Market Focus: Collectible Cars vs Collectible Trucks and SUVs


The collector car hobby is in a constant state of evolution. As each new generation of automotive enthusiasts ages into its prime earning years, the vehicles they covet move to the forefront. Sometimes market changes make people recognize the virtues of previously ignored vintage vehicles.


The collector car market is currently undergoing one of those tectonic shifts, and vintage trucks and SUVs are the beneficiaries. What does that mean for the collectible vehicle market?

Gateway Bronco gathered some experts to explore this subject at a panel discussion moderated by Alan Taylor, host of THE DRIVE with Alan Taylor, during Barrett-Jackson Scottsdale. Joining Burgett on the panel were:


· Dennis Collins, collector, restorer, and proprietor of Collins Bros in Wylie, Texas, host of Coffee Walk, along with regular TV appearances as a part of Gas Monkey Garage.


· Colin Comer, owner of Colin’s Classic Automobiles in Milwaukee, Wisconsin, a veteran of the collector car industry, contributor for Hagerty magazine, respected author of numerous Shelby books and founder of MCACN, Muscle Car and Corvette Nationals.


· Sarah “Bogi” Lateiner, master mechanic and founder of All Girls Garage.

Burgett pointed out patterns developing around vintage SUVs and trucks that mimic what happened with the muscle car market. When he was a teenager, he saved an impressive amount of money through his hard work because his heart was set on a 1967 Shelby GT500 Mustang for sale locally. Although by no means an inexpensive car, values on Shelby Mustangs had not yet taken off into the stratosphere. “At the time, no one ever believed that a Mustang could become a $100,000 car. It was unfathomable. No way could it ever occur,” Burgett said.


Ultimately, the teenage Burgett did not purchase the Shelby. Many years later, following success in business, he was able to purchase two 1967 Shelby Mustangs and saw with his own eyes just how far Shelby values had increased in the 30 year span he had to wait for his own Shelby. He believes the Bronco is following the same path.

“In 2019, I bought an original-paint 1974 Bronco with only 25,000 miles on it. We had to pull it out of a Quonset hut because the car didn’t run,” Burgett recalled. “The Bronco’s owner pulled it out with his 1972 F100 pickup truck, also an original-paint vehicle. I liked the truck so much that I asked if I could buy them both. I paid $24,500 for the Bronco and I paid $2,500 for the truck. That Bronco is sitting on our books valued at $115,000. That $2,500 truck that I bought at the same time, I’m now selling similar original-paint, unrestored, pickup trucks for $18,000 to $25,000 out of our collection to make room for more interesting original Broncos. The truck market appears to be following a similar slope about 10 years delayed from the Bronco market.


“The Broncos are following the same trend line as the early Shelbys. Few ever believed that this little SUV would ever become a $100,000 vehicle. I think in 2005, the Bronco was like the Shelby in 1985. You could have purchased it for $6,000-$10,000.”

Comer is witnessing similar action in the market. “Without question, vintage trucks and SUVs are now Bona fide collectibles and, in my opinion, the hottest segment of the collector vehicle marketplace today,” he said. “Buyers seem to be split into two camps. There are those who want a bone-stock truck exactly as it was in period to immerse themselves in the full vintage experience. They will perhaps use it sparingly or just place it in a collection for what it represents, much like a traditional collector car. The second camp are people who want a fully modernized, resto-modded vintage truck to enjoy the vintage style but with all the modern amenities. This will allow them to use it frequently and even for family road trips or commuting duties.”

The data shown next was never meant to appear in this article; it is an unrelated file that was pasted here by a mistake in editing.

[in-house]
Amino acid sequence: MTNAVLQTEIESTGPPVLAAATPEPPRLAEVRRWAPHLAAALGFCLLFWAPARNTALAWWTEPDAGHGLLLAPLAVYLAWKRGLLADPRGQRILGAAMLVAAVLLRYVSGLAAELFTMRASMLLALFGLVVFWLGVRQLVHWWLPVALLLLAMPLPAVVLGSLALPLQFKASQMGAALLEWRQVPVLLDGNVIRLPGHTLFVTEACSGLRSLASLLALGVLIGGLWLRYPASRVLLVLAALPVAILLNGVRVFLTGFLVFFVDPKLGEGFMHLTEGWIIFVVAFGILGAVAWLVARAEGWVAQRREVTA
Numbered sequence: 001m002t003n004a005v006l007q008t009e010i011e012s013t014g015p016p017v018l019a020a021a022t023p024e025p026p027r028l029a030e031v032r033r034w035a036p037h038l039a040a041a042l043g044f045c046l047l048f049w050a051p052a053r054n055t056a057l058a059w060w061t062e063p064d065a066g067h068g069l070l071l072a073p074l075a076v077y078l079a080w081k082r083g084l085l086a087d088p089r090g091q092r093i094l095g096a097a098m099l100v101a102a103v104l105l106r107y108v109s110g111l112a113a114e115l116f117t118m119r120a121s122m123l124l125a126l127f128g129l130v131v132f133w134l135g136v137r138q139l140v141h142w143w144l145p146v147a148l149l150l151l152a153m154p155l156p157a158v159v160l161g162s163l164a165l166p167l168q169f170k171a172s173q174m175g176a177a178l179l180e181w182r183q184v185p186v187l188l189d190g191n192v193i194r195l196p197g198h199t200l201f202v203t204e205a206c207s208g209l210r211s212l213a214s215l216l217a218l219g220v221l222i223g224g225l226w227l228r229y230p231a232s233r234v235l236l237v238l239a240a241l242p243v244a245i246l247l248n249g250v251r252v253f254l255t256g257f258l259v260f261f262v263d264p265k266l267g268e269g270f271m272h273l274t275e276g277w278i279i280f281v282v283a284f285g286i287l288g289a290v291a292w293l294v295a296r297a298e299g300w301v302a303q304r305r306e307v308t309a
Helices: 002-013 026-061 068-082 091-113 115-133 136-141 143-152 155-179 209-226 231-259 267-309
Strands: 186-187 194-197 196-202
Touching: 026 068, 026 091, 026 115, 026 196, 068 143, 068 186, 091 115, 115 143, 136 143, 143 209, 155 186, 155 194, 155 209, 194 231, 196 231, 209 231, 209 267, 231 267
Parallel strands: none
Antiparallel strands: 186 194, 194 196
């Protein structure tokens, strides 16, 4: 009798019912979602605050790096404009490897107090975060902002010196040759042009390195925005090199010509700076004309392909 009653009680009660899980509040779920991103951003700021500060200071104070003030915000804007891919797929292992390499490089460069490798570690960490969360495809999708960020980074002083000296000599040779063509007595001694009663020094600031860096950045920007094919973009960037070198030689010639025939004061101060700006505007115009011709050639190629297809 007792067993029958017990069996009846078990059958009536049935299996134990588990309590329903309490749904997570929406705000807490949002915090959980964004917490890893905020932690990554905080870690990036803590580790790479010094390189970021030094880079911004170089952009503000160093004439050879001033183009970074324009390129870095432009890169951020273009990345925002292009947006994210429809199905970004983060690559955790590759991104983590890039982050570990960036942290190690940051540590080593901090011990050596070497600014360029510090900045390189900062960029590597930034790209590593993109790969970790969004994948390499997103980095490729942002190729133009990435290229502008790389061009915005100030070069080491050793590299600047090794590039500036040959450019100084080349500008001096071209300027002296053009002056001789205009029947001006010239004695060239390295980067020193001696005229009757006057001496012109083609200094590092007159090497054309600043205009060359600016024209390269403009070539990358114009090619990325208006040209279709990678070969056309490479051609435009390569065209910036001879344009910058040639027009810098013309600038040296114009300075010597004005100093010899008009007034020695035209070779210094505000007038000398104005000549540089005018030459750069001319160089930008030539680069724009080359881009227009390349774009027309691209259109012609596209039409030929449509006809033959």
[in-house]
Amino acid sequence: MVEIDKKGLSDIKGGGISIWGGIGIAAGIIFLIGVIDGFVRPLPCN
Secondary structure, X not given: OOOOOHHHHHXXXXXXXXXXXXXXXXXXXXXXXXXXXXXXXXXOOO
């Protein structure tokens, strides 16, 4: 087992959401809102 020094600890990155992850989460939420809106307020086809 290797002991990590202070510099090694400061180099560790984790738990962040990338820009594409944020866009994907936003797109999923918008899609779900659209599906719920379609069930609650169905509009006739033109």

With so much attention turned toward the vintage truck and SUV market, it’s important for buyers to do their research before making a purchase. “Decide which of the two above camps you fall into and buy the absolute best truck for you,” Comer continued. “If you’ve always wanted a 1964 IH Scout, then by all means, get one! But no matter what truck you decide on, buy the best example of it you can find. If buying an original one, have an expert on that make and model evaluate it to make sure there are no hidden sins. And if buying a resto-modded example always buy one that was built by a known high-end specialist in that exact vehicle. Don’t settle for a Bronco built by a shop that is known for Camaros and thought they’d try their hand at building a Bronco!”

Trucks and SUVs have always been appealing for their sheer practicality, and the same thing applies to collectible trucks. “Cars present another issue for some clients,” Burgett said. “They don’t want to drive a muscle car because it’s fast, loud and can be considered a mid-life crisis car. But the Bronco is a family vehicle. With a Bronco, four people can comfortably fit in it and you can throw the dog or some gear in the back. You can drive to a soccer game or to a family event and nobody knows how expensive it is. It’s a ‘stealth wealth’ model.”


These trends aren’t restricted to classic cars but are also reflected in new vehicle sales. “The trend of truck versus car matches the dynamic seen by automakers with daily drivers, also,” Burgett said. “Ford stopped making automobiles, except for the Mustang. They’re a truck, crossover and SUV manufacturer. What is the number one vehicle on the planet? It’s the Ford F150. It’s a truck, it’s not a station wagon or a hatchback, it’s not a front-wheel drive car. The market for the vintage side is following the same market as modern cars.”


More information on Seth’s Shelby GT500 – YouTube